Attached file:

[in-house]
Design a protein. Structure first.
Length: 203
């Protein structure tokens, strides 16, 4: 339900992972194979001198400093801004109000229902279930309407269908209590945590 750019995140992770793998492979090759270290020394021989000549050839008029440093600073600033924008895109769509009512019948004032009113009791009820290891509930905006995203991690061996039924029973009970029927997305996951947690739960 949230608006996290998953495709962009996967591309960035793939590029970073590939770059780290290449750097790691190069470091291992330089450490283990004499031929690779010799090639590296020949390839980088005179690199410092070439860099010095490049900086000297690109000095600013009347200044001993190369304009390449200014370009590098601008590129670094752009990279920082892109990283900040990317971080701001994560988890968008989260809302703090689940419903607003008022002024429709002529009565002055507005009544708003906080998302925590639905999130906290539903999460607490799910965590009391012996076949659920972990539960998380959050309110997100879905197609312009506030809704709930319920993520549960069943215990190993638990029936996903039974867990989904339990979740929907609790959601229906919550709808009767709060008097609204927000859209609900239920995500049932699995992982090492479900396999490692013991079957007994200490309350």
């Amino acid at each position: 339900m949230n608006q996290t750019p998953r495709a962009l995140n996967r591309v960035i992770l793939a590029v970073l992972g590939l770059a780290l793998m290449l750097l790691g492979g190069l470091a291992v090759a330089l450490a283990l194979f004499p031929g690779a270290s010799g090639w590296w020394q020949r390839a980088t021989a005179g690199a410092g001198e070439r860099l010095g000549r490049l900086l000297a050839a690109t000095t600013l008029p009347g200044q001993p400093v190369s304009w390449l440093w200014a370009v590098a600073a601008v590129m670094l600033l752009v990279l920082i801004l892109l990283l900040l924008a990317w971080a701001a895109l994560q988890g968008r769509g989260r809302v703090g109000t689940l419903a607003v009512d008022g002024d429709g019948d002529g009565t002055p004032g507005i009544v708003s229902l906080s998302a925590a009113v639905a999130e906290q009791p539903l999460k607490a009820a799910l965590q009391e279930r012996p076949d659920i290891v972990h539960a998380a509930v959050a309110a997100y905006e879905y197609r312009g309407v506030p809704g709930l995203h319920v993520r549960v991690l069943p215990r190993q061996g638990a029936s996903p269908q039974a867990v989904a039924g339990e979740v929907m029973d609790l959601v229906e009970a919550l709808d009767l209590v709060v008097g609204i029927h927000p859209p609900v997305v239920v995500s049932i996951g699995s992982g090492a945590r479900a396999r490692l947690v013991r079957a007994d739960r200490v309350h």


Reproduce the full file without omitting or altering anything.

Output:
[in-house]
Design a protein. Structure first.
Length: 203
């Protein structure tokens, strides 16, 4: 339900992972194979001198400093801004109000229902279930309407269908209590945590 750019995140992770793998492979090759270290020394021989000549050839008029440093600073600033924008895109769509009512019948004032009113009791009820290891509930905006995203991690061996039924029973009970029927997305996951947690739960 949230608006996290998953495709962009996967591309960035793939590029970073590939770059780290290449750097790691190069470091291992330089450490283990004499031929690779010799090639590296020949390839980088005179690199410092070439860099010095490049900086000297690109000095600013009347200044001993190369304009390449200014370009590098601008590129670094752009990279920082892109990283900040990317971080701001994560988890968008989260809302703090689940419903607003008022002024429709002529009565002055507005009544708003906080998302925590639905999130906290539903999460607490799910965590009391012996076949659920972990539960998380959050309110997100879905197609312009506030809704709930319920993520549960069943215990190993638990029936996903039974867990989904339990979740929907609790959601229906919550709808009767709060008097609204927000859209609900239920995500049932699995992982090492479900396999490692013991079957007994200490309350």
């Amino acid at each position: 339900m949230n608006q996290t750019p998953r495709a962009l995140n996967r591309v960035i992770l793939a590029v970073l992972g590939l770059a780290l793998m290449l750097l790691g492979g190069l470091a291992v090759a330089l450490a283990l194979f004499p031929g690779a270290s010799g090639w590296w020394q020949r390839a980088t021989a005179g690199a410092g001198e070439r860099l010095g000549r490049l900086l000297a050839a690109t000095t600013l008029p009347g200044q001993p400093v190369s304009w390449l440093w200014a370009v590098a600073a601008v590129m670094l600033l752009v990279l920082i801004l892109l990283l900040l924008a990317w971080a701001a895109l994560q988890g968008r769509g989260r809302v703090g109000t689940l419903a607003v009512d008022g002024d429709g019948d002529g009565t002055p004032g507005i009544v708003s229902l906080s998302a925590a009113v639905a999130e906290q009791p539903l999460k607490a009820a799910l965590q009391e279930r012996p076949d659920i290891v972990h539960a998380a509930v959050a309110a997100y905006e879905y197609r312009g309407v506030p809704g709930l995203h319920v993520r549960v991690l069943p215990r190993q061996g638990a029936s996903p269908q039974a867990v989904a039924g339990e979740v929907m029973d609790l959601v229906e009970a919550l709808d009767l209590v709060v008097g609204i029927h927000p859209p609900v997305v239920v995500s049932i996951g699995s992982g090492a945590r479900a396999r490692l947690v013991r079957a007994d739960r200490v309350h």